Around here LPN's can get just about any job an RN can get. You won't be a floor manager at a hospital, but plenty of LPN's are DON's at nursing homes and hospices.
     
  5. LauraLeigh

    LauraLeigh New Member

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    Same here and in NS, LPN's seem to be replacing RN's and the RN program does not exist here anymore, it's either LPN or BNA and I do not want to spend 4 years in University, not is there one close enough to travel to...

    It's the 12 hours that scare me, I have a bit of an "in" in that I already work for the County, so I feel pretty confident I'd get work and enjoy most of it, though parts are not glamorous at all...
     
  6. joce

    joce Active Member

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    Ours got letters three years ago they could go to school for their RN o become techs at the end of five years. It was pretty sad. Many had been there years. I know most of our area is like this, have heard from others into PA to so maybe its an area thing. I know for us we need so mny RNs per Pts and LPNs just didn't fit in. Nine Pts and two nurses with one being LPN and we were not technically legal. LPN can be directors at nhs but now we need our masters at the hospital. Grrrr.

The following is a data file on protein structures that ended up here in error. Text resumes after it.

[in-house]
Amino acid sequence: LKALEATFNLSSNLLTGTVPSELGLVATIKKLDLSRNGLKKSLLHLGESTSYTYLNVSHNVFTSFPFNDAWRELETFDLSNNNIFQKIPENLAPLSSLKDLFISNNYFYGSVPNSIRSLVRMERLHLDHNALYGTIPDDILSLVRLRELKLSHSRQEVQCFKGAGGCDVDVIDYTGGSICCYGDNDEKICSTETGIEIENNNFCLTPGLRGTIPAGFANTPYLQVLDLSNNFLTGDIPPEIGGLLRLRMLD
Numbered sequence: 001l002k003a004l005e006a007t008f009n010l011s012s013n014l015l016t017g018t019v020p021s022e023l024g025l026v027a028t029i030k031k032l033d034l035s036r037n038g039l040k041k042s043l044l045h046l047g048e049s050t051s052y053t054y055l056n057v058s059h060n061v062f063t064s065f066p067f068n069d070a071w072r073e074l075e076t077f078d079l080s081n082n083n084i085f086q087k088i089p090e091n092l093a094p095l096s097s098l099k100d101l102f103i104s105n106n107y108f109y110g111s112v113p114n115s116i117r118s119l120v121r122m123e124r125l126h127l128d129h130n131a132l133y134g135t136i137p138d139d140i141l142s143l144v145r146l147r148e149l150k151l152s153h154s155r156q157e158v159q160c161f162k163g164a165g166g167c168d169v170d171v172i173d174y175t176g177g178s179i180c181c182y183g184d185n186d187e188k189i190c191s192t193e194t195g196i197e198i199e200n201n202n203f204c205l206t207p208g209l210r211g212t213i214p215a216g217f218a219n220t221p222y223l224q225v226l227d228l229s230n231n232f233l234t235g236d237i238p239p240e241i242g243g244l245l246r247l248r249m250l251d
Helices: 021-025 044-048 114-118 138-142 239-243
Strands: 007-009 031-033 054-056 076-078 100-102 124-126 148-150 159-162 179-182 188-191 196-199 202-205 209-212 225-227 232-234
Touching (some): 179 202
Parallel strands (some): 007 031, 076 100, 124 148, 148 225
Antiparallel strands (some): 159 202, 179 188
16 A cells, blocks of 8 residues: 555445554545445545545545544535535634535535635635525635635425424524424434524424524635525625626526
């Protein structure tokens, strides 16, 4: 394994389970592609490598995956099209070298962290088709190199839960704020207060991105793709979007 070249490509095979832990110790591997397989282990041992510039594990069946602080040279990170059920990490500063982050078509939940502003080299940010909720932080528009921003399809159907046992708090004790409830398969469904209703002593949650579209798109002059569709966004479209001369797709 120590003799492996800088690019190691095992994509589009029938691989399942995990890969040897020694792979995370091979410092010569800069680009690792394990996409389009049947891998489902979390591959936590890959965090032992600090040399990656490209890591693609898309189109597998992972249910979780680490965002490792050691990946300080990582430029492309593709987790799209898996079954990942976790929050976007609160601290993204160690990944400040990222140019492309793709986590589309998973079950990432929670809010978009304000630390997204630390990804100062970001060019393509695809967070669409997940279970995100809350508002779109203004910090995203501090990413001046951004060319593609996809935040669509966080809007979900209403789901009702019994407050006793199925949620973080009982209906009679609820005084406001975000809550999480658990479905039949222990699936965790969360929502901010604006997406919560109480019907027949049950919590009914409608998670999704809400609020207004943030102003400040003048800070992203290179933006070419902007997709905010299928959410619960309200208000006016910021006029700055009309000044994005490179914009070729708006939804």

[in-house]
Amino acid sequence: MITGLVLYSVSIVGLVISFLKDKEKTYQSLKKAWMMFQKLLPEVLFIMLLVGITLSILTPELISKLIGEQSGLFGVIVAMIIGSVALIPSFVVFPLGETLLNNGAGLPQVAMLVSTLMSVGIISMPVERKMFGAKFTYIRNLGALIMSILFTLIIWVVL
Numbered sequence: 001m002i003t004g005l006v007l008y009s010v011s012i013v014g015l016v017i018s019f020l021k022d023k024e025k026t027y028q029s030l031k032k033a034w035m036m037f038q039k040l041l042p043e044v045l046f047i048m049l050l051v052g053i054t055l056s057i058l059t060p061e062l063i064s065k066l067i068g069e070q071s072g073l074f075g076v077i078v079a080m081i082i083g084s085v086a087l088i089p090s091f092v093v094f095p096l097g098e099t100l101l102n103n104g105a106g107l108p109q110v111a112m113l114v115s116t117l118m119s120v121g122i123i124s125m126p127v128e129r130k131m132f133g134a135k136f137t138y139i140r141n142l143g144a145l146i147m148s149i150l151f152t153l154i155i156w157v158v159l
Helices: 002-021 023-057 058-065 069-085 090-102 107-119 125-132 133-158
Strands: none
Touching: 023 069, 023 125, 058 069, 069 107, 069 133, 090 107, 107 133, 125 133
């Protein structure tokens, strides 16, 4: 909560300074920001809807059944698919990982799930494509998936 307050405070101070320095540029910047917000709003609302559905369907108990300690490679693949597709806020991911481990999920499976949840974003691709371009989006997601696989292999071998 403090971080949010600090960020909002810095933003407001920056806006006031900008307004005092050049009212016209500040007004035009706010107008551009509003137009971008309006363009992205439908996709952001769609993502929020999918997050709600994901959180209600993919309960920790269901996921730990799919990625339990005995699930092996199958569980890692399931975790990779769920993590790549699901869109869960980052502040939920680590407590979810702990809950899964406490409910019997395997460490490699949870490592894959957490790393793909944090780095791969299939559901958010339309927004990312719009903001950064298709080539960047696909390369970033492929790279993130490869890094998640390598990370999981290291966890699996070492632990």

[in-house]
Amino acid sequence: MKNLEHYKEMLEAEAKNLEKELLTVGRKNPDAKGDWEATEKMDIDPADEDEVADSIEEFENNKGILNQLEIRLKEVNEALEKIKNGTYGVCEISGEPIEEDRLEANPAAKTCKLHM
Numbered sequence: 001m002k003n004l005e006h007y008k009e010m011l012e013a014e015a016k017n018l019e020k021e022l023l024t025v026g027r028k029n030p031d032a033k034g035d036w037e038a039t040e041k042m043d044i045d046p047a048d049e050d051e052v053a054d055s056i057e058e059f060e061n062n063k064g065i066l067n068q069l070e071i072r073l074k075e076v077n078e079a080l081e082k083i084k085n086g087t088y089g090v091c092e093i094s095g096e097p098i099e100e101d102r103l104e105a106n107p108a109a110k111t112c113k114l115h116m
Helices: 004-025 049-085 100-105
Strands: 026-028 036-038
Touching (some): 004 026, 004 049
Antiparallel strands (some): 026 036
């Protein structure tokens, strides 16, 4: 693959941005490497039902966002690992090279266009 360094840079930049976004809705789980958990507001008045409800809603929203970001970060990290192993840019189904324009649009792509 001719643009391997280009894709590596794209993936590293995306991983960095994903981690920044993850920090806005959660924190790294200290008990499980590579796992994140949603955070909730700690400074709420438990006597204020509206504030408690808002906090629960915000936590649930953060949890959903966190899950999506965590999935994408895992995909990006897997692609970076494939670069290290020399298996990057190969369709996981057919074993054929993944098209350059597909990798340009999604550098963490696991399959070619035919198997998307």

Can you do twelves at your current job to see how It goes? Are you in medical field at all? Honestly it depends on how the shift goes.
     
  7. LauraLeigh

    LauraLeigh New Member

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    I'm in Canada so it may be different here, and no 12 hour shifts in my current position, I am actually a weigh scale operator right now, so no, not in the medical field... However I love my shifts, 8-5 and no nights or Sundays though I do work every Sat.. However this division is changing and I'm not sure how long I'll have work...
     
  8. crazedACD

    crazedACD Active Member

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    When I was looking at degree options, I looked briefly into nursing and found the programs to be clogged with people going that route. There was a 2-3 year waiting list to get into a nursing program. Not to say it can't be done if it's really what you want to do! We will always need nurses, but make sure you look at other medical type programs too! I considered respiratory therapy and occupational therapy too.
     
  9. joce

    joce Active Member